LEDE

McCool Junction head football coach Jarrod Weiss and assistant Bill Hobbs share a high-five after an 8-yard pass play on fourth down sealed the win for the Mustangs at Cody-Kilgore last Friday. The line judge signals first down, the chain gang moves the chains and the Mustangs went to victory formation.

MCOOL JUNCTION – Finding motivation for the 2019 football season was no problem for the McCool Junction Mustangs.

The sting of the 70-58 loss last November to eventual Six Man state champion Wilcox-Hildreth was more than enough motivation for the team as they prepared for the 2019 campaign.

“Building off last year’s loss in the second round kind of gave us some motivation to get here. We put posters all around the weight room saying ‘finish’ and a lot of times when we saw that it just reminded us of last year’s loss and makes you want to work harder,” senior running back Dana Hobbs said.

The Mustangs had the Wilcox-Hildreth Falcons right where they wanted them, leading 30-2 with 2:52 left to play in the first half and driving for another score when an injury to senior back Hunter Cole turned the tide of the game.

The rest is history.

Now the Mustangs are ready to make some history of their own on Friday night. They will go after the school’s first-ever state football championship when they face Harvard at Cope Stadium on the University of Nebraska-Kearney campus for the Six Man state title at 7 p.m.

“It’s an amazing opportunity. We’ve worked hard and at every practice we’ve worked to get better, and now it’s all starting to pay off and it’s an amazing feeling to finally be here and we’ll get to see if all the work will pay off or not,” junior Owen McDonald said.

McCool Junction (11-0) was tested in the opening round as it survived a great effort from the Crawford Rams, 55-40. The Mustangs ran away from Eustis-Farnam, 63-16, and last weekend made the 5 ½-hour trip to Cody, Neb., to take on the Cody-Kilgore Cowboys and came away with a convincing 40-28 win.

“Going in we were kind of worried about it, but as the game went on we knew we kind of had them right where we wanted them because they had never been in a tight game before and we had,” McDonald said. “We gained a lot of confidence coming off that win, but there’s still one more to play.”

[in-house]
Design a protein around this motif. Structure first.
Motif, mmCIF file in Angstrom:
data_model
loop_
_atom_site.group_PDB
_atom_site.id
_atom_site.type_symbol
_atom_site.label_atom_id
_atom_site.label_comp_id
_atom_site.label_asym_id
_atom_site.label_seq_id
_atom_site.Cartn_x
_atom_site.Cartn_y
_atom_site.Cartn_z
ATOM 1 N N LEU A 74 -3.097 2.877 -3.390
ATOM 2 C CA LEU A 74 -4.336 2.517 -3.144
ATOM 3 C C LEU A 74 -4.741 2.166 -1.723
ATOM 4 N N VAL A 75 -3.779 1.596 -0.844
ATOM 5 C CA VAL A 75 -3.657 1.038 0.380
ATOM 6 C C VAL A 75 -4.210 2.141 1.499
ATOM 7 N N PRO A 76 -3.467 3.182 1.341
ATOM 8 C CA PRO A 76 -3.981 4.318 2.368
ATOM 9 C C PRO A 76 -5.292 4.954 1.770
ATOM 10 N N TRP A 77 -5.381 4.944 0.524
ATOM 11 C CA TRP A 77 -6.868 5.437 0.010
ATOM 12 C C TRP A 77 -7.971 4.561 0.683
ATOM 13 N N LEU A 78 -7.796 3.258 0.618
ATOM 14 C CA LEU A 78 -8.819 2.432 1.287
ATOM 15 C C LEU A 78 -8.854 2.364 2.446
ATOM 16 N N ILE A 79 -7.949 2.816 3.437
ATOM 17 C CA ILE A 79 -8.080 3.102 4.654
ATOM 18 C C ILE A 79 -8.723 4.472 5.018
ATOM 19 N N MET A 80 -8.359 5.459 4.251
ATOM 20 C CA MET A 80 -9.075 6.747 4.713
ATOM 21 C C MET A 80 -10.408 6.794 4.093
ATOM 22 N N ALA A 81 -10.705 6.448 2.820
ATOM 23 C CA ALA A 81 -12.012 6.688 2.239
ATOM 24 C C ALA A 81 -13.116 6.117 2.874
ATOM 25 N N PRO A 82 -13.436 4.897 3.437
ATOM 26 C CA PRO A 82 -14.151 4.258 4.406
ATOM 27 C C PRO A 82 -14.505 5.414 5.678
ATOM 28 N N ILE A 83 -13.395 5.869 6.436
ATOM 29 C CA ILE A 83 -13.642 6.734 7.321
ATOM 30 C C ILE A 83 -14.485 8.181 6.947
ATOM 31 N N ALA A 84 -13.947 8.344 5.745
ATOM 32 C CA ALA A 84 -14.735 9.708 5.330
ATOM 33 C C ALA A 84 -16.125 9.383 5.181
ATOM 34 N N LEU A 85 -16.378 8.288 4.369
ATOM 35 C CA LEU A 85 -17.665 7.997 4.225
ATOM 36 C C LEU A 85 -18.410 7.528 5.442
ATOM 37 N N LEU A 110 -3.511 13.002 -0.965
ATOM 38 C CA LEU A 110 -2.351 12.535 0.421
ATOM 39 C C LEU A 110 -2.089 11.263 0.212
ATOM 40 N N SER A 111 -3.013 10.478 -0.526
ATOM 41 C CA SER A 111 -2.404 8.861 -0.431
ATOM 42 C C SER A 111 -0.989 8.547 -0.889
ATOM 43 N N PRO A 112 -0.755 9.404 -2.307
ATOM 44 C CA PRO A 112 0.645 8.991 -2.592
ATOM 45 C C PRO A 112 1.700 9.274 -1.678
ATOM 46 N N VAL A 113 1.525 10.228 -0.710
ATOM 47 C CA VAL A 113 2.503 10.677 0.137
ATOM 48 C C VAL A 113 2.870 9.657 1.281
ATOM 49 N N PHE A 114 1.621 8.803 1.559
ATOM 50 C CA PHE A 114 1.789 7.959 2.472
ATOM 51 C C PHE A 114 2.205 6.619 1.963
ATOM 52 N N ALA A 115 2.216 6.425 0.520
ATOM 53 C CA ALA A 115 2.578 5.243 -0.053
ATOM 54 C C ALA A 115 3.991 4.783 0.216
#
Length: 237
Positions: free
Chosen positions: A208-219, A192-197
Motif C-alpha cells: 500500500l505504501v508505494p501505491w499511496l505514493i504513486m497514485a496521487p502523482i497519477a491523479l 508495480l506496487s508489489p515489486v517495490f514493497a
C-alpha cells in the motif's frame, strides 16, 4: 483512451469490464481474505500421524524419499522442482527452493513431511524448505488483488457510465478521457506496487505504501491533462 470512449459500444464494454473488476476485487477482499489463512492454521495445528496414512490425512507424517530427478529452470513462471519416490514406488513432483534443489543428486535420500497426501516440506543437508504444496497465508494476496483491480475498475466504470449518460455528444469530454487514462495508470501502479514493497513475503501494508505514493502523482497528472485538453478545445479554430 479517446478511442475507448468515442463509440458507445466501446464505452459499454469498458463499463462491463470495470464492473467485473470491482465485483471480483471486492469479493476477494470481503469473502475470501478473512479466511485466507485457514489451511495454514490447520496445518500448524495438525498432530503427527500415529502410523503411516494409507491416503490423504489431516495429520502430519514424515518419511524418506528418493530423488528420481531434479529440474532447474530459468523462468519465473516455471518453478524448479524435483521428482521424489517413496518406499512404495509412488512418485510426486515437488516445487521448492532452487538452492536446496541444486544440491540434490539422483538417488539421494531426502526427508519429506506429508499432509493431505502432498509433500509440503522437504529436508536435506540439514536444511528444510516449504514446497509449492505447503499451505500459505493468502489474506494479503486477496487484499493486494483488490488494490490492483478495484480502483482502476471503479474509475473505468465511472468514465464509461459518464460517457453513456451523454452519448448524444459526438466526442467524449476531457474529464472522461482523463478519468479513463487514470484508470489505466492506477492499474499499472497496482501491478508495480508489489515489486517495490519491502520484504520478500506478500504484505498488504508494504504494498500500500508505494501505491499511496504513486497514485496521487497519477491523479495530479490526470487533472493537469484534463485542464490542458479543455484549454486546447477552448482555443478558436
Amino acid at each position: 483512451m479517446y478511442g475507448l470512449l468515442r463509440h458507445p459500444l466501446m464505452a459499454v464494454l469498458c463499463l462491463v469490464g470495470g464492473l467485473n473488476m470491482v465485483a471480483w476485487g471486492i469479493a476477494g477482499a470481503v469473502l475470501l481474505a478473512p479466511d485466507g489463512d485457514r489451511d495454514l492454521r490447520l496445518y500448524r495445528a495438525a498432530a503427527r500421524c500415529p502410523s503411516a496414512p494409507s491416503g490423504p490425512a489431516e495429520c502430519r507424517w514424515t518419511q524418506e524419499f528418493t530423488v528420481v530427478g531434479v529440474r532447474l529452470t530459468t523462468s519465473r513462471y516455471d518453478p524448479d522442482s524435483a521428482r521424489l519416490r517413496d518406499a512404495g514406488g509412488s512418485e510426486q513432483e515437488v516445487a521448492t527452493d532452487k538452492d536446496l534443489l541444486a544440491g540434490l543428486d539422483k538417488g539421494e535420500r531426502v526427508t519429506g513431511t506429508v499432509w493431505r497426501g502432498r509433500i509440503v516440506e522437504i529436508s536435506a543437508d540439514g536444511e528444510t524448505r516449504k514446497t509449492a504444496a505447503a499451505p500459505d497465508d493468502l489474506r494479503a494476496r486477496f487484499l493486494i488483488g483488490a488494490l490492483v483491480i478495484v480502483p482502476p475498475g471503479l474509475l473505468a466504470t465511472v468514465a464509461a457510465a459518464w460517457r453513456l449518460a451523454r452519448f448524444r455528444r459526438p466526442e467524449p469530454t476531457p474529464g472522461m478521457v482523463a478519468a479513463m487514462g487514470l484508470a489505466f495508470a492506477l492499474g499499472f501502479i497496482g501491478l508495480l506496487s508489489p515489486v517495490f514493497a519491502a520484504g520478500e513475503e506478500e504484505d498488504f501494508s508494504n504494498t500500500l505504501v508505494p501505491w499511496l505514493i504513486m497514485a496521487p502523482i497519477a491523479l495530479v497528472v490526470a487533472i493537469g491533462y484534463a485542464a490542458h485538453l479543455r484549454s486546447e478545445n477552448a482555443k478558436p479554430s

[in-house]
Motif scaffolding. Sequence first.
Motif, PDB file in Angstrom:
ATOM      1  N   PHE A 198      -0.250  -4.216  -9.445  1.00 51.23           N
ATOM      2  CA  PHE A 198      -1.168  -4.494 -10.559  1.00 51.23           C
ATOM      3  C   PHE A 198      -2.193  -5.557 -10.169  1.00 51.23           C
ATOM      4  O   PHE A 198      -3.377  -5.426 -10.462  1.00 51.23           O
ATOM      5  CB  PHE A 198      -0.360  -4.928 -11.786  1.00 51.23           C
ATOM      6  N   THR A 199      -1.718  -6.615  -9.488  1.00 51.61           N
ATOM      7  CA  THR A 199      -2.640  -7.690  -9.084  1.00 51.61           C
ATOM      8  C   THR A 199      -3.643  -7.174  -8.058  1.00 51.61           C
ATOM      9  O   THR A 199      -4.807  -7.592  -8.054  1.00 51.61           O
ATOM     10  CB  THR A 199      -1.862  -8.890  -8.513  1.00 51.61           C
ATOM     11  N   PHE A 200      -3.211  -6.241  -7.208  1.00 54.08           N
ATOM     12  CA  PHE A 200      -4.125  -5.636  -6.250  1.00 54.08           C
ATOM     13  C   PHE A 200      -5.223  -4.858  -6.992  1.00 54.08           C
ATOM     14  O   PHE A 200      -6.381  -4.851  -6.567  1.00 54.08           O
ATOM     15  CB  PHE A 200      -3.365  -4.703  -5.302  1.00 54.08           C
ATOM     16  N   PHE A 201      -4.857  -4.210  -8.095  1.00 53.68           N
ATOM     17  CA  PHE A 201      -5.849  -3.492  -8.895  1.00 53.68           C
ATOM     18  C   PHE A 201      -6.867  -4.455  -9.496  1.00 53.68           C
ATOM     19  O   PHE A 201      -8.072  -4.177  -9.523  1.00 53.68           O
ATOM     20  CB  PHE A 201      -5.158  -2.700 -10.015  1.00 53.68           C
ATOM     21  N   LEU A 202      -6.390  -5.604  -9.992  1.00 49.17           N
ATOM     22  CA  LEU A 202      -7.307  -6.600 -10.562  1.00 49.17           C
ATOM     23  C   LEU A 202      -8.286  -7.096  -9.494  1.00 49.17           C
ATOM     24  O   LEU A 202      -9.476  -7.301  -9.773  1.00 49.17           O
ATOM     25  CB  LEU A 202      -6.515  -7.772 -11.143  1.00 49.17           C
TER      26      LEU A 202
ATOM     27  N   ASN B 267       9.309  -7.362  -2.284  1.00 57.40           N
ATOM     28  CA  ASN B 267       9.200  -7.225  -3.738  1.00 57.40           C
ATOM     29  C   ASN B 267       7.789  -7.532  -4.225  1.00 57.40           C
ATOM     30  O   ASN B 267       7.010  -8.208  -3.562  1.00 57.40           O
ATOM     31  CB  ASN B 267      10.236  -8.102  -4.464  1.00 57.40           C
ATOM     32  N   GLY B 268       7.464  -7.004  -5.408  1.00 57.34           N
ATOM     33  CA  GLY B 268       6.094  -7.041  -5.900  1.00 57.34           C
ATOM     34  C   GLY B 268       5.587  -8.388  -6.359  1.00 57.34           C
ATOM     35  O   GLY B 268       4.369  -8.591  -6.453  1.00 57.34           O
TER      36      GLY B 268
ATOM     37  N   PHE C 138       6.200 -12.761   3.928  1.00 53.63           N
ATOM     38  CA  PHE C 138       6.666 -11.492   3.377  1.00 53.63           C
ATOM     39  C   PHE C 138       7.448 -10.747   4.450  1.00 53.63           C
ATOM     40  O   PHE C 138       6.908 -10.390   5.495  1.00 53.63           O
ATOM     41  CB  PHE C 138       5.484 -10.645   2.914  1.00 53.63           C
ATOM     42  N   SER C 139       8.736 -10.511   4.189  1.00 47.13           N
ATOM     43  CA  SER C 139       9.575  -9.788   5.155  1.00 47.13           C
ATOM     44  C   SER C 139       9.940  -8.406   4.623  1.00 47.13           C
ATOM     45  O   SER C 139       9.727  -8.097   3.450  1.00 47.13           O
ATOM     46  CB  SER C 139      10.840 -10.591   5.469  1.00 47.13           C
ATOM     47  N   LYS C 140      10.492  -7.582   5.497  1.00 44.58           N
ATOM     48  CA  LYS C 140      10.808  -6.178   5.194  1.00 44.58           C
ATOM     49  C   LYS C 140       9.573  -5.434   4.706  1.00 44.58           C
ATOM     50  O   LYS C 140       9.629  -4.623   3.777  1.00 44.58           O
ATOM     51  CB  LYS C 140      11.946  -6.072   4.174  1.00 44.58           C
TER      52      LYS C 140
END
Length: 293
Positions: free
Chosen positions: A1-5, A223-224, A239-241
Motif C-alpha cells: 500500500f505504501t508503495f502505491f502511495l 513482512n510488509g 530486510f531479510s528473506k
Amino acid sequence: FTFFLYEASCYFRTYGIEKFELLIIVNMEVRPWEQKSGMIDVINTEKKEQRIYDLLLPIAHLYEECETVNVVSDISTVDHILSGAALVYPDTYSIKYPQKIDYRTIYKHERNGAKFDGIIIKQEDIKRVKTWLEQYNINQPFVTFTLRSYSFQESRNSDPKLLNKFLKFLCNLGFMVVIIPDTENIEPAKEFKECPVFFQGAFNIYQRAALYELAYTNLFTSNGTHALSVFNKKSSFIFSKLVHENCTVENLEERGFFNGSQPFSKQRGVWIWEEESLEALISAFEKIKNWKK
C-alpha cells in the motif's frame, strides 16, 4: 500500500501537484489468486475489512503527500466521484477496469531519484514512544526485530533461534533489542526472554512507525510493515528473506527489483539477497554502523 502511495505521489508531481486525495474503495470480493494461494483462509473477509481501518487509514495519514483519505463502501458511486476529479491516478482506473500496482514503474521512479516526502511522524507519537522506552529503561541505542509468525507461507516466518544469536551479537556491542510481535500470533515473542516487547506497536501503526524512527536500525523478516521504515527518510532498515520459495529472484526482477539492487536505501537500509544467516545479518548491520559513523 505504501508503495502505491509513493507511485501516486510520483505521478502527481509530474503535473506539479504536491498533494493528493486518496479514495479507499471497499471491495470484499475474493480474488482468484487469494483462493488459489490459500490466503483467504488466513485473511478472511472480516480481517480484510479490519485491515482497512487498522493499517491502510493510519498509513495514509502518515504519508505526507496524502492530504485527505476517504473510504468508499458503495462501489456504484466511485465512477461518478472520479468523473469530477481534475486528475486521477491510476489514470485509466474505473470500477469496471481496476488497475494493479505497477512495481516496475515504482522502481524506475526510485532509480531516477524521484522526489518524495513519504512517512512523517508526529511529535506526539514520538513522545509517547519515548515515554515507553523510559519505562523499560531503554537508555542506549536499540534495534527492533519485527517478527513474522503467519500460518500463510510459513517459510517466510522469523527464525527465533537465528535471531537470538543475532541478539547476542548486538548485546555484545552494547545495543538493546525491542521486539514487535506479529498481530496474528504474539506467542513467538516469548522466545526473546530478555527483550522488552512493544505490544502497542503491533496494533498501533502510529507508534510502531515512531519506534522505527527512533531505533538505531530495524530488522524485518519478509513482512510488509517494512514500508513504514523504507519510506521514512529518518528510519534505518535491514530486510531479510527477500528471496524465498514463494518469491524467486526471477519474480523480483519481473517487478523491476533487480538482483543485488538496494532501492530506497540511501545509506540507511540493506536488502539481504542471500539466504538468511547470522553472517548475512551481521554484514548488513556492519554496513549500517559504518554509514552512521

Junior lineman Kaden Kirkpatrick echoed that the team came away with confidence after the Cody-Kilgore win. He also said the defensive coaches always have the players in the right place.

“Quite a bit of confidence, but we can’t be overconfident and get cocky. As long as we keep level heads we’ll do alright,” Kirkpatrick said. “I think Coach (Jarrod) Weiss helps us prepare pretty well for that. He gets in the right position to make plays. Keeping other teams contained is a major part of that.”

Harvard is also 11-0 and defeated Spalding-Academy 64-28 and Sioux County 78-72. In the semifinals, the Cardinals traveled to Chappell, Neb., where they picked up a 50-20 win over Creek Valley.

When asked what jumps off the page when scouting the Harvard team, head coach Jarrod Weiss had this to say:

“Athletic, physical, speed, well-coached. Coach (Scott) Trimble has done a great job. He’s won a state title at Arthur County and he’s been in the state finals at Harvard and the state semis last year, so they know what they’re doing and will be well-coached and ready.

“We have to tackle well in space. Their quarterback and their running back are very good in space and we’re going to have to make sure we contain them and do the best job we can because they do a very good job at running their offense.”

Harvard comes in averaging 246.8 rushing yards with senior David Reazola leading the way with 1,201 yards. Also in the run game, senior Noah Okraska has 795 yards and is the team’s leading passer with 57 completions on 89 attempts for 1,350 yards and 28 touchdowns. The Cardinals throw the ball for 181.1 yards a contest.

Harvard averages 56.6 points per game while its defense allows 23.2.

McCool Junction puts up 56.3 points per contest and allows 17.5. They average 260.5 on the ground and are led by Hobbs with 1,259 yards on 100 carries for a 125.9-per-game average. McDonald has rushed for 883 yards and 22 touchdowns for an 88.3-per-game average.

The Mustangs have not needed to throw the ball much at all this season as they only average 42.8 yards per game, but against the Cowboys last weekend the Mustangs completed 8 of 11 passes for 58 yards.

“They have a little shiftiness and they have a quarterback who can throw a decent ball, but we feel that if we stay contained on the backside and our coverage is great we have a great shot at winning the game,” Hobbs said. “Just staying focused, locked in and not worrying about the outside interference and doing your job.”

“We talked all week that it’s just another football game for us,” Weiss said. “It’s a different venue being at UNK, there will be a few more people, but at 7 p.m. when it’s kickoff between the lines, it’s just another football game. If you have some nerves it’s a good thing, but that will go away pretty quickly after kickoff.”

This will be Weiss’ first state championship game after 15 years on the sidelines.

“It’s like I told the kids and the administration early in the week – they don’t hand these things out like candy, so after 15 years it’s kind of nice to have the opportunity to do this,” Weiss said. “Win or lose – and obviously I hope we win – it’s just an honor to get to a state championship game first of all.”

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